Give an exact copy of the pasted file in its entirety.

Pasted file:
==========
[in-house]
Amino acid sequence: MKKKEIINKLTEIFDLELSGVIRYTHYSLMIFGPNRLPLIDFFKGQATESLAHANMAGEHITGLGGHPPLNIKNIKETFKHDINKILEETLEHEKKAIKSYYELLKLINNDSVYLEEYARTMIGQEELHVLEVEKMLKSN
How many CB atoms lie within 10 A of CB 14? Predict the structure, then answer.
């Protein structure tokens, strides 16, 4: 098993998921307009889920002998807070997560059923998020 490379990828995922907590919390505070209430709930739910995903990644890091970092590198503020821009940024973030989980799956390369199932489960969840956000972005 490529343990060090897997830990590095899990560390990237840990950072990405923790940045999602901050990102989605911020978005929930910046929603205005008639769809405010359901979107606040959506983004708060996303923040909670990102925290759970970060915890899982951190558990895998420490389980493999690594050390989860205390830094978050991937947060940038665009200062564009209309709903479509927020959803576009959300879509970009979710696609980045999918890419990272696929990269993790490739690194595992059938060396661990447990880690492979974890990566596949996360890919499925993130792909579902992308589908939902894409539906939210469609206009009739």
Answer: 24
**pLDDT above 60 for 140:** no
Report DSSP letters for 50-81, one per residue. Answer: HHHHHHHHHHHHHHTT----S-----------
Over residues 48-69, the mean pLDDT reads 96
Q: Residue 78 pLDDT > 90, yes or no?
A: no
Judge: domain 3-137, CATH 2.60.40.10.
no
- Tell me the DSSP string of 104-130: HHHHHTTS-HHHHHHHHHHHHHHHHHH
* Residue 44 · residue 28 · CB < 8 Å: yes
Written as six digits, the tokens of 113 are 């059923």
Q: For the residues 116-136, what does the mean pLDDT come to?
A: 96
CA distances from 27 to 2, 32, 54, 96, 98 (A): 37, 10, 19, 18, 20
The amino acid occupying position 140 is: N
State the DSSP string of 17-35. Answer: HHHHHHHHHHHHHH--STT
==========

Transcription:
[in-house]
Amino acid sequence: MKKKEIINKLTEIFDLELSGVIRYTHYSLMIFGPNRLPLIDFFKGQATESLAHANMAGEHITGLGGHPPLNIKNIKETFKHDINKILEETLEHEKKAIKSYYELLKLINNDSVYLEEYARTMIGQEELHVLEVEKMLKSN
How many CB atoms lie within 10 A of CB 14? Predict the structure, then answer.
């Protein structure tokens, strides 16, 4: 098993998921307009889920002998807070997560059923998020 490379990828995922907590919390505070209430709930739910995903990644890091970092590198503020821009940024973030989980799956390369199932489960969840956000972005 490529343990060090897997830990590095899990560390990237840990950072990405923790940045999602901050990102989605911020978005929930910046929603205005008639769809405010359901979107606040959506983004708060996303923040909670990102925290759970970060915890899982951190558990895998420490389980493999690594050390989860205390830094978050991937947060940038665009200062564009209309709903479509927020959803576009959300879509970009979710696609980045999918890419990272696929990269993790490739690194595992059938060396661990447990880690492979974890990566596949996360890919499925993130792909579902992308589908939902894409539906939210469609206009009739």
Answer: 24
**pLDDT above 60 for 140:** no
Report DSSP letters for 50-81, one per residue. Answer: HHHHHHHHHHHHHHTT----S-----------
Over residues 48-69, the mean pLDDT reads 96
Q: Residue 78 pLDDT > 90, yes or no?
A: no
Judge: domain 3-137, CATH 2.60.40.10.
no
- Tell me the DSSP string of 104-130: HHHHHTTS-HHHHHHHHHHHHHHHHHH
* Residue 44 · residue 28 · CB < 8 Å: yes
Written as six digits, the tokens of 113 are 């059923």
Q: For the residues 116-136, what does the mean pLDDT come to?
A: 96
CA distances from 27 to 2, 32, 54, 96, 98 (A): 37, 10, 19, 18, 20
The amino acid occupying position 140 is: N
State the DSSP string of 17-35. Answer: HHHHHHHHHHHHHH--STT